> the most inner one.
    >
    > For example:
    >
    > def foo1(self):
    > try:
    > foo2()
    > except ? :
    > print "outer Err at foo1" + ??
    >
    > def foo2(self):
    > try:
    > error occured
    > except ? :
    > raise "inner Err at foo2"
    >
    >
    > the ? remarks that I have no idea what to use.
    >
    > I would like the print to be : outer Err at foo1 , inner Err at foo1


    Have a look at the traceback module. Example:

    >>> def foo():

    .... try:
    .... oops
    .... except:
    .... traceback.print_exc()
    .... raise
    ....
    >>> def bar():

    .... try:
    .... foo()
    .... except:
    .... traceback.print_exc()
    ....
    >>> import traceback
    >>> bar()

    Traceback (most recent call last):
    File "<stdin>", line 3, in foo
    NameError: global name 'oops' is not defined
    Traceback (most recent call last):
    File "<stdin>", line 3, in bar
    File "<stdin>", line 3, in foo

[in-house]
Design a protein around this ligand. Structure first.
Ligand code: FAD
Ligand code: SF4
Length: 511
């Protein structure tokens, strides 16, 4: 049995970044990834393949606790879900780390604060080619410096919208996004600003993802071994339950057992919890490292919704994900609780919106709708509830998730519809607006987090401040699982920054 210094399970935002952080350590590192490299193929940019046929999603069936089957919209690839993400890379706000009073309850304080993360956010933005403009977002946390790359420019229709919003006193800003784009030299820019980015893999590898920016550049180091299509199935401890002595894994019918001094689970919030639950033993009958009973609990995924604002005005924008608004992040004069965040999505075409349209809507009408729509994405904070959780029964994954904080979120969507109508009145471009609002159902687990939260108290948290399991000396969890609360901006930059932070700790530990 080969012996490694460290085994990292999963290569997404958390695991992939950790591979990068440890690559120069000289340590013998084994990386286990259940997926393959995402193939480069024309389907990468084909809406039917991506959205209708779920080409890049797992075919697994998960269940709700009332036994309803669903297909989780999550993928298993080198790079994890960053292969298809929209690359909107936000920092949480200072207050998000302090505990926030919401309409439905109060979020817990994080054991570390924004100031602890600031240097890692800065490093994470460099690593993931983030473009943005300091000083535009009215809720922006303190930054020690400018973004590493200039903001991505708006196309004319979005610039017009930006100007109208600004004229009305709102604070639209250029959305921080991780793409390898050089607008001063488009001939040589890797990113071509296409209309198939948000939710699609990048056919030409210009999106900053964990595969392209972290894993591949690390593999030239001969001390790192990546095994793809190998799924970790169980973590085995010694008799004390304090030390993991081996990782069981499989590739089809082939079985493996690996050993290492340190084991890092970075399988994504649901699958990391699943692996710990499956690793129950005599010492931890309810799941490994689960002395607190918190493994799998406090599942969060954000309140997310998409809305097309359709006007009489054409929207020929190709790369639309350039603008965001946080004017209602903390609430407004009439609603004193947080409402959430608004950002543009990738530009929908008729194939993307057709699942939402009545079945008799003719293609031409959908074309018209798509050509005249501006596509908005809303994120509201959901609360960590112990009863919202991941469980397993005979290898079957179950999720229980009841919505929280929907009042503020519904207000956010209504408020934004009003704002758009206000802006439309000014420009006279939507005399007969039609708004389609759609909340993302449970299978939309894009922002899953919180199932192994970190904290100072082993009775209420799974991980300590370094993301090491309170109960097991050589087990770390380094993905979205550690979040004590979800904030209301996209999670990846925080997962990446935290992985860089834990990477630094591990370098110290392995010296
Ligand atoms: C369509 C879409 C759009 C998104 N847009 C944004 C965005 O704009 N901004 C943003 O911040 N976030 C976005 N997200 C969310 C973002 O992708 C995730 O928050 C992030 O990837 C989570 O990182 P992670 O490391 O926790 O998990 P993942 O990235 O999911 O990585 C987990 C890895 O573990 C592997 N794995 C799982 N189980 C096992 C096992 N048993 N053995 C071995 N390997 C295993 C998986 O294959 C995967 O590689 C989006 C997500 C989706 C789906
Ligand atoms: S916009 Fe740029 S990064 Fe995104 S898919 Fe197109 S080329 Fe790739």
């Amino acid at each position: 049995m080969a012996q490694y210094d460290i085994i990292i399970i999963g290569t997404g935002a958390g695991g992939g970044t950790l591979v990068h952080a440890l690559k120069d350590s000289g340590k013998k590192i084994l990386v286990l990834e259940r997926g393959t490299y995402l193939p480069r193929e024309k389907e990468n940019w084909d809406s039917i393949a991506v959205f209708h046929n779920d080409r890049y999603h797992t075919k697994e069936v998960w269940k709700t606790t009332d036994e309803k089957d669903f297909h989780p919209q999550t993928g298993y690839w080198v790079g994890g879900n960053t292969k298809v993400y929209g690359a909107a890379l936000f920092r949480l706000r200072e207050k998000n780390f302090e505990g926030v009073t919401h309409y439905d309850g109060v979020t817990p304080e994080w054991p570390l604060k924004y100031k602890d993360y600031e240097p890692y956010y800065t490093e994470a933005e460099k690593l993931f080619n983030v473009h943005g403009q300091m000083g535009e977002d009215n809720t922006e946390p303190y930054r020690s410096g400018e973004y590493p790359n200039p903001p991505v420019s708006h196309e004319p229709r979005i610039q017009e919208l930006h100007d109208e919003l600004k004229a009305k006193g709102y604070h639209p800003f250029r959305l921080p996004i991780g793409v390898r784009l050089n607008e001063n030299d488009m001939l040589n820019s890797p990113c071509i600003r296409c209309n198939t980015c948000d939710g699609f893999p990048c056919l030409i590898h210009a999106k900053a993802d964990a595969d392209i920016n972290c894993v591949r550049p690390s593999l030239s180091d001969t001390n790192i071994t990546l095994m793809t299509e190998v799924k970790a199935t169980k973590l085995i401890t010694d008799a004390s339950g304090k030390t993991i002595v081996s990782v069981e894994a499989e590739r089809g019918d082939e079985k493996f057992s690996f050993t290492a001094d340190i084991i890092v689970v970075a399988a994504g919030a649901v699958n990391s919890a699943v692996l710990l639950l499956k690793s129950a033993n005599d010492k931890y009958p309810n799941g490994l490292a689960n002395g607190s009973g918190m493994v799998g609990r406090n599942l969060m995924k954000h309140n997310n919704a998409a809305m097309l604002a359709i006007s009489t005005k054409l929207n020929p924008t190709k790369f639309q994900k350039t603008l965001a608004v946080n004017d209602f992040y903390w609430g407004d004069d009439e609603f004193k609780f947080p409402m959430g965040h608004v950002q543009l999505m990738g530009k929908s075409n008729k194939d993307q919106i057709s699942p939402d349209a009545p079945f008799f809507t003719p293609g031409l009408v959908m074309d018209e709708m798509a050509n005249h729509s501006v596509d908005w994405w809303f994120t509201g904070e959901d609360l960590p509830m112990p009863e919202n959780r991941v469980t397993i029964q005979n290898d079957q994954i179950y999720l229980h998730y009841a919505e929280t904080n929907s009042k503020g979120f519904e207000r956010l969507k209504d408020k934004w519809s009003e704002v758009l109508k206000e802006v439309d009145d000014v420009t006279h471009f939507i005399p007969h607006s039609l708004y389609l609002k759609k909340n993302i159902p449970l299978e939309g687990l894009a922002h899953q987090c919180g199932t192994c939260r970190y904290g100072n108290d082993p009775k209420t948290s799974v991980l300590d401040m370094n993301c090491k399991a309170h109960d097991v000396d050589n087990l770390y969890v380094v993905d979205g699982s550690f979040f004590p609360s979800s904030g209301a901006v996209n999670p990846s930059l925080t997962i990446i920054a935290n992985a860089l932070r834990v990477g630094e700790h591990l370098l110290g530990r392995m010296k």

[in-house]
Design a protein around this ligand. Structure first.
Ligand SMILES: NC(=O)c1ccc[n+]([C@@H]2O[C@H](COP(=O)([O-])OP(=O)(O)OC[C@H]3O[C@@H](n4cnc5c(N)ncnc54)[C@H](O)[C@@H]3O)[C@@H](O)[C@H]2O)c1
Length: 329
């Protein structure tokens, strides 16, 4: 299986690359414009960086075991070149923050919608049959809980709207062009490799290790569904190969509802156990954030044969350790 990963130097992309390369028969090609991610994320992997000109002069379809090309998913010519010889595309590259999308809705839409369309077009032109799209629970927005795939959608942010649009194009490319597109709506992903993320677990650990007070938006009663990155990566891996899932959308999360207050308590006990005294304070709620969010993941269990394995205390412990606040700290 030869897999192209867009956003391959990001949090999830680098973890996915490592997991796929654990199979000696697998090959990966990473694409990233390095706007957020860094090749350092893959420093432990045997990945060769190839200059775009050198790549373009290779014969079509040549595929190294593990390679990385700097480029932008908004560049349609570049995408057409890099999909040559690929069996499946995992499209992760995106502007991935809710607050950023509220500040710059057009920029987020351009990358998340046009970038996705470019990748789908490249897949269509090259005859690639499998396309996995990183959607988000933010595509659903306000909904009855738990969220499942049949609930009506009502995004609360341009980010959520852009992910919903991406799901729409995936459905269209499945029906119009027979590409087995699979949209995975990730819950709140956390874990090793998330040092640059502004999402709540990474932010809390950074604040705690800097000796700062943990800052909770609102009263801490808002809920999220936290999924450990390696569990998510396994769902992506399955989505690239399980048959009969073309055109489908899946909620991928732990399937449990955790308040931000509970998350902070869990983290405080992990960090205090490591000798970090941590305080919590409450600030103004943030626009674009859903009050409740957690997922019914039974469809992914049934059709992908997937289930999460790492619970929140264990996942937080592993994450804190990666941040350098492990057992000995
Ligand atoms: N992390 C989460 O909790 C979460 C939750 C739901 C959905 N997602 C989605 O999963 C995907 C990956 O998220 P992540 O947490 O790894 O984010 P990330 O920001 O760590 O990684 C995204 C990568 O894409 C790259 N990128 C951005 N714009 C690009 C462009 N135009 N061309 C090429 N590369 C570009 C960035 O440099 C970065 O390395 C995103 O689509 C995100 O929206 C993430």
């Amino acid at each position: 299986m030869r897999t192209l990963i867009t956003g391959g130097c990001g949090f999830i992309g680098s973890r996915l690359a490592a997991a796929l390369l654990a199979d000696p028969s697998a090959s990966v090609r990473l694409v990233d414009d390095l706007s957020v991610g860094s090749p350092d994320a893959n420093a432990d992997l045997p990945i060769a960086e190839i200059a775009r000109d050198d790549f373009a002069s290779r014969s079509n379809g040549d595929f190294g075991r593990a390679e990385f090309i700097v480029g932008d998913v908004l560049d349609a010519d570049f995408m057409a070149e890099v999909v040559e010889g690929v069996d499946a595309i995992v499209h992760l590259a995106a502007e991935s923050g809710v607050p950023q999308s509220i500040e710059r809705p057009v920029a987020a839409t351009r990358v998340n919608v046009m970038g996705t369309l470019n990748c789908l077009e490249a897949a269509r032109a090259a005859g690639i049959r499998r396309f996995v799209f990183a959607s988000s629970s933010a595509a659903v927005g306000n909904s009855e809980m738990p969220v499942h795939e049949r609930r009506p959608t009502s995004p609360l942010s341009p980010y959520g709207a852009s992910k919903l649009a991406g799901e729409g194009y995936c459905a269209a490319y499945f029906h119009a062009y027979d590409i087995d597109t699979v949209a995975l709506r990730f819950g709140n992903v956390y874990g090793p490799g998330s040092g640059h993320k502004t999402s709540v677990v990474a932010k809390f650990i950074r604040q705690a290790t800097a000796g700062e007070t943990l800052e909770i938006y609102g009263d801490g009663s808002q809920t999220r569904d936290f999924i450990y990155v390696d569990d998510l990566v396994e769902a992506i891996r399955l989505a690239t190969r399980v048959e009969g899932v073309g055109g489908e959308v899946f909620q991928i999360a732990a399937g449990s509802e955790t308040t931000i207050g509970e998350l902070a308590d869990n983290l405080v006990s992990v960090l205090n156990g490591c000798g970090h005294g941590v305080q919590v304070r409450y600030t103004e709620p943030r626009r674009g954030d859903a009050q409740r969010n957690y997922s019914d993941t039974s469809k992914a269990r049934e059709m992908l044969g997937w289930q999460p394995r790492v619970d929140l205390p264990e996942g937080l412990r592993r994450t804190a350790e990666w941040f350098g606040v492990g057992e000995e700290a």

NameError: global name 'oops' is not defined

    Peter
     
    Peter Otten, Sep 21, 2009
    #3
  4. On Mon, Sep 21, 2009 at 5:17 AM, daved170 <> wrote:
    > Hi everybody,
    > I need help with exceptions raising.
    > My goal is to print at the outer functions all the errors including
    > the most inner one.
    >
    > For example:
    >
    > def foo1(self):
    >   try:
    >        foo2()
    >   except ? :
    >         print "outer Err at foo1" + ??
    >
    > def foo2(self):
    >   try:
    >        error occured
    >   except ? :
    >         raise "inner Err at foo2"
    >
    >
    > the ? remarks that I have no idea what to use.
    >
    > I would like the print to be : outer Err at foo1 , inner Err at foo1
    >
    > thanks
    > daved
    > --


    First of all, what version of Python are you using? String exceptions
    are deprecated in Python 2.5 and removed in 2.6. You should switch to
    using Exceptions. In particular, you'll probably want to subclass
    Exception.

    String exceptions use the syntax "except 'exception string':" which
    means you need to know the string ahead of time. You'll instead want
    to do this.